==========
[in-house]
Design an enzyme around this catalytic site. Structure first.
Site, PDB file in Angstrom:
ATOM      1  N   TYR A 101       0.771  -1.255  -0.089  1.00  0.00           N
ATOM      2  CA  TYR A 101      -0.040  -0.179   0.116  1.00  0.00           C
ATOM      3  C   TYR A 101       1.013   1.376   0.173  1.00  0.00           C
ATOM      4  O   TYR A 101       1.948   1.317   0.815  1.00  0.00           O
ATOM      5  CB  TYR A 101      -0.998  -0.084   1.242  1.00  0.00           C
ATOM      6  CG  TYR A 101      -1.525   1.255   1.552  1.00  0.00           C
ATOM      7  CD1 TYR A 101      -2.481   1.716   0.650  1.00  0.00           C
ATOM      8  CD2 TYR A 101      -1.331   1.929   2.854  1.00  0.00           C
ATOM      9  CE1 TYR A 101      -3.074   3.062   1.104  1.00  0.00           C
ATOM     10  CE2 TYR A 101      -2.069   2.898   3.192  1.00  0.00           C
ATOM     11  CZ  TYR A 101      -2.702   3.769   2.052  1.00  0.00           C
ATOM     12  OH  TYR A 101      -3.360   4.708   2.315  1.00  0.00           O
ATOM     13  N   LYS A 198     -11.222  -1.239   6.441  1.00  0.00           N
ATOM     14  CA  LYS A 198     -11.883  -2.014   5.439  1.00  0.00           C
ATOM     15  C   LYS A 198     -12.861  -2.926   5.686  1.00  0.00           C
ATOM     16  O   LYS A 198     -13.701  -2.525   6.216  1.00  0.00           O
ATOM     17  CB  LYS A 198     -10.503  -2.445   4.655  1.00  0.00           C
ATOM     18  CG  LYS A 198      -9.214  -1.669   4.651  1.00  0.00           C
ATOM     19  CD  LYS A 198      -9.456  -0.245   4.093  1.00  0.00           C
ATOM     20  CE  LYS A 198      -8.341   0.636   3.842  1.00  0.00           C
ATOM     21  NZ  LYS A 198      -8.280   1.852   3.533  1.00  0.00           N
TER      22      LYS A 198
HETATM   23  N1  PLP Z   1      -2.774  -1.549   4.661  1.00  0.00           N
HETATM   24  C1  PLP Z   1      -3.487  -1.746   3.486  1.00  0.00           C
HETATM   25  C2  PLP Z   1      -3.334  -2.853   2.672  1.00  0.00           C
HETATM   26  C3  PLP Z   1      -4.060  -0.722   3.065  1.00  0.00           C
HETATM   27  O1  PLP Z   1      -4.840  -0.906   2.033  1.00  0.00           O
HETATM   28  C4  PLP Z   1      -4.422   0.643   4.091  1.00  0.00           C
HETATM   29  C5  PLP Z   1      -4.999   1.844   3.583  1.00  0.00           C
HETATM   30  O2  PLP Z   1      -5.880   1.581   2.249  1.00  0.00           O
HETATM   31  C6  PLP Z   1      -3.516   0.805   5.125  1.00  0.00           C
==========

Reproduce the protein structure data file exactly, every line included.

[in-house]
Design an enzyme around this catalytic site. Structure first.
Site, PDB file in Angstrom:
ATOM      1  N   TYR A 101       0.771  -1.255  -0.089  1.00  0.00           N
ATOM      2  CA  TYR A 101      -0.040  -0.179   0.116  1.00  0.00           C
ATOM      3  C   TYR A 101       1.013   1.376   0.173  1.00  0.00           C
ATOM      4  O   TYR A 101       1.948   1.317   0.815  1.00  0.00           O
ATOM      5  CB  TYR A 101      -0.998  -0.084   1.242  1.00  0.00           C
ATOM      6  CG  TYR A 101      -1.525   1.255   1.552  1.00  0.00           C
ATOM      7  CD1 TYR A 101      -2.481   1.716   0.650  1.00  0.00           C
ATOM      8  CD2 TYR A 101      -1.331   1.929   2.854  1.00  0.00           C
ATOM      9  CE1 TYR A 101      -3.074   3.062   1.104  1.00  0.00           C
ATOM     10  CE2 TYR A 101      -2.069   2.898   3.192  1.00  0.00           C
ATOM     11  CZ  TYR A 101      -2.702   3.769   2.052  1.00  0.00           C
ATOM     12  OH  TYR A 101      -3.360   4.708   2.315  1.00  0.00           O
ATOM     13  N   LYS A 198     -11.222  -1.239   6.441  1.00  0.00           N
ATOM     14  CA  LYS A 198     -11.883  -2.014   5.439  1.00  0.00           C
ATOM     15  C   LYS A 198     -12.861  -2.926   5.686  1.00  0.00           C
ATOM     16  O   LYS A 198     -13.701  -2.525   6.216  1.00  0.00           O
ATOM     17  CB  LYS A 198     -10.503  -2.445   4.655  1.00  0.00           C
ATOM     18  CG  LYS A 198      -9.214  -1.669   4.651  1.00  0.00           C
ATOM     19  CD  LYS A 198      -9.456  -0.245   4.093  1.00  0.00           C
ATOM     20  CE  LYS A 198      -8.341   0.636   3.842  1.00  0.00           C
ATOM     21  NZ  LYS A 198      -8.280   1.852   3.533  1.00  0.00           N
TER      22      LYS A 198
HETATM   23  N1  PLP Z   1      -2.774  -1.549   4.661  1.00  0.00           N
HETATM   24  C1  PLP Z   1      -3.487  -1.746   3.486  1.00  0.00           C
HETATM   25  C2  PLP Z   1      -3.334  -2.853   2.672  1.00  0.00           C
HETATM   26  C3  PLP Z   1      -4.060  -0.722   3.065  1.00  0.00           C
HETATM   27  O1  PLP Z   1      -4.840  -0.906   2.033  1.00  0.00           O
HETATM   28  C4  PLP Z   1      -4.422   0.643   4.091  1.00  0.00           C
HETATM   29  C5  PLP Z   1      -4.999   1.844   3.583  1.00  0.00           C
HETATM   30  O2  PLP Z   1      -5.880   1.581   2.249  1.00  0.00           O
HETATM   31  C6  PLP Z   1      -3.516   0.805   5.125  1.00  0.00           C